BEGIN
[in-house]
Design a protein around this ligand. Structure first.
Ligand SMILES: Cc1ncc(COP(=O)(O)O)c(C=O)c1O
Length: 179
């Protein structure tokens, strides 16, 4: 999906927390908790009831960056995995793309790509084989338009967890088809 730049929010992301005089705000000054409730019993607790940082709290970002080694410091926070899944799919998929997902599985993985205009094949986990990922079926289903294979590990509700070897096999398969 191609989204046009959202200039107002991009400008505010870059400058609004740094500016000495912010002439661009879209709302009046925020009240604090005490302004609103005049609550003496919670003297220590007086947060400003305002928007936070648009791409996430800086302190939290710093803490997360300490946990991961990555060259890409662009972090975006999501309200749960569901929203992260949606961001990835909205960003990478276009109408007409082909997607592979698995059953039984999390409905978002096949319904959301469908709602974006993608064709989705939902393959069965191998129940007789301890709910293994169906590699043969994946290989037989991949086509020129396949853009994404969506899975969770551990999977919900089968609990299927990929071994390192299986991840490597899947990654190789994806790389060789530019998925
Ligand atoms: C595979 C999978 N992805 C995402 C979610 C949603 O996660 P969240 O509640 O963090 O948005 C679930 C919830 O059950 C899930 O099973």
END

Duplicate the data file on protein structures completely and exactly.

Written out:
[in-house]
Design a protein around this ligand. Structure first.
Ligand SMILES: Cc1ncc(COP(=O)(O)O)c(C=O)c1O
Length: 179
């Protein structure tokens, strides 16, 4: 999906927390908790009831960056995995793309790509084989338009967890088809 730049929010992301005089705000000054409730019993607790940082709290970002080694410091926070899944799919998929997902599985993985205009094949986990990922079926289903294979590990509700070897096999398969 191609989204046009959202200039107002991009400008505010870059400058609004740094500016000495912010002439661009879209709302009046925020009240604090005490302004609103005049609550003496919670003297220590007086947060400003305002928007936070648009791409996430800086302190939290710093803490997360300490946990991961990555060259890409662009972090975006999501309200749960569901929203992260949606961001990835909205960003990478276009109408007409082909997607592979698995059953039984999390409905978002096949319904959301469908709602974006993608064709989705939902393959069965191998129940007789301890709910293994169906590699043969994946290989037989991949086509020129396949853009994404969506899975969770551990999977919900089968609990299927990929071994390192299986991840490597899947990654190789994806790389060789530019998925
Ligand atoms: C595979 C999978 N992805 C995402 C979610 C949603 O996660 P969240 O509640 O963090 O948005 C679930 C919830 O059950 C899930 O099973």